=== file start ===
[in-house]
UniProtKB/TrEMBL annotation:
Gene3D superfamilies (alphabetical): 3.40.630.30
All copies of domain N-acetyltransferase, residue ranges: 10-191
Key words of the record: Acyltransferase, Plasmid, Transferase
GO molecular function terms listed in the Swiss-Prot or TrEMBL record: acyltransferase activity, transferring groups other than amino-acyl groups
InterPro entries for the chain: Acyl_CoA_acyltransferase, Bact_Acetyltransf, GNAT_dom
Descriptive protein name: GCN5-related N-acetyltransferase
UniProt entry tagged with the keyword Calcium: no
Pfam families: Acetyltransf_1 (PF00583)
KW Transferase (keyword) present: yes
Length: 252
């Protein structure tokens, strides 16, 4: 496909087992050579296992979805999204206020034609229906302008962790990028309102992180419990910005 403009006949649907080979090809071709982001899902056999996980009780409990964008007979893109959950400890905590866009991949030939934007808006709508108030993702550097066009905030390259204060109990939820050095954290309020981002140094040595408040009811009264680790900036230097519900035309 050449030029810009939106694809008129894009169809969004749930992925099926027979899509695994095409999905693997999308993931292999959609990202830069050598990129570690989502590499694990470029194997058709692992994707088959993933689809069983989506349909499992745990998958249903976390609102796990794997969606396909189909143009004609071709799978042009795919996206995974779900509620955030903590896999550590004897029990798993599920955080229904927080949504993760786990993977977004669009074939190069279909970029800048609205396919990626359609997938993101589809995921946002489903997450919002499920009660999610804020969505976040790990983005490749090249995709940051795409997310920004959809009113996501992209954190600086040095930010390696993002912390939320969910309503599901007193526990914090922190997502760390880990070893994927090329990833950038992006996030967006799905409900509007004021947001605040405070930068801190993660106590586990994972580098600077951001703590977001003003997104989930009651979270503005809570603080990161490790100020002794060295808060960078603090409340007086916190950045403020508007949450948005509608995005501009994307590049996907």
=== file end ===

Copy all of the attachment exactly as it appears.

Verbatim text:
[in-house]
UniProtKB/TrEMBL annotation:
Gene3D superfamilies (alphabetical): 3.40.630.30
All copies of domain N-acetyltransferase, residue ranges: 10-191
Key words of the record: Acyltransferase, Plasmid, Transferase
GO molecular function terms listed in the Swiss-Prot or TrEMBL record: acyltransferase activity, transferring groups other than amino-acyl groups
InterPro entries for the chain: Acyl_CoA_acyltransferase, Bact_Acetyltransf, GNAT_dom
Descriptive protein name: GCN5-related N-acetyltransferase
UniProt entry tagged with the keyword Calcium: no
Pfam families: Acetyltransf_1 (PF00583)
KW Transferase (keyword) present: yes
Length: 252
């Protein structure tokens, strides 16, 4: 496909087992050579296992979805999204206020034609229906302008962790990028309102992180419990910005 403009006949649907080979090809071709982001899902056999996980009780409990964008007979893109959950400890905590866009991949030939934007808006709508108030993702550097066009905030390259204060109990939820050095954290309020981002140094040595408040009811009264680790900036230097519900035309 050449030029810009939106694809008129894009169809969004749930992925099926027979899509695994095409999905693997999308993931292999959609990202830069050598990129570690989502590499694990470029194997058709692992994707088959993933689809069983989506349909499992745990998958249903976390609102796990794997969606396909189909143009004609071709799978042009795919996206995974779900509620955030903590896999550590004897029990798993599920955080229904927080949504993760786990993977977004669009074939190069279909970029800048609205396919990626359609997938993101589809995921946002489903997450919002499920009660999610804020969505976040790990983005490749090249995709940051795409997310920004959809009113996501992209954190600086040095930010390696993002912390939320969910309503599901007193526990914090922190997502760390880990070893994927090329990833950038992006996030967006799905409900509007004021947001605040405070930068801190993660106590586990994972580098600077951001703590977001003003997104989930009651979270503005809570603080990161490790100020002794060295808060960078603090409340007086916190950045403020508007949450948005509608995005501009994307590049996907």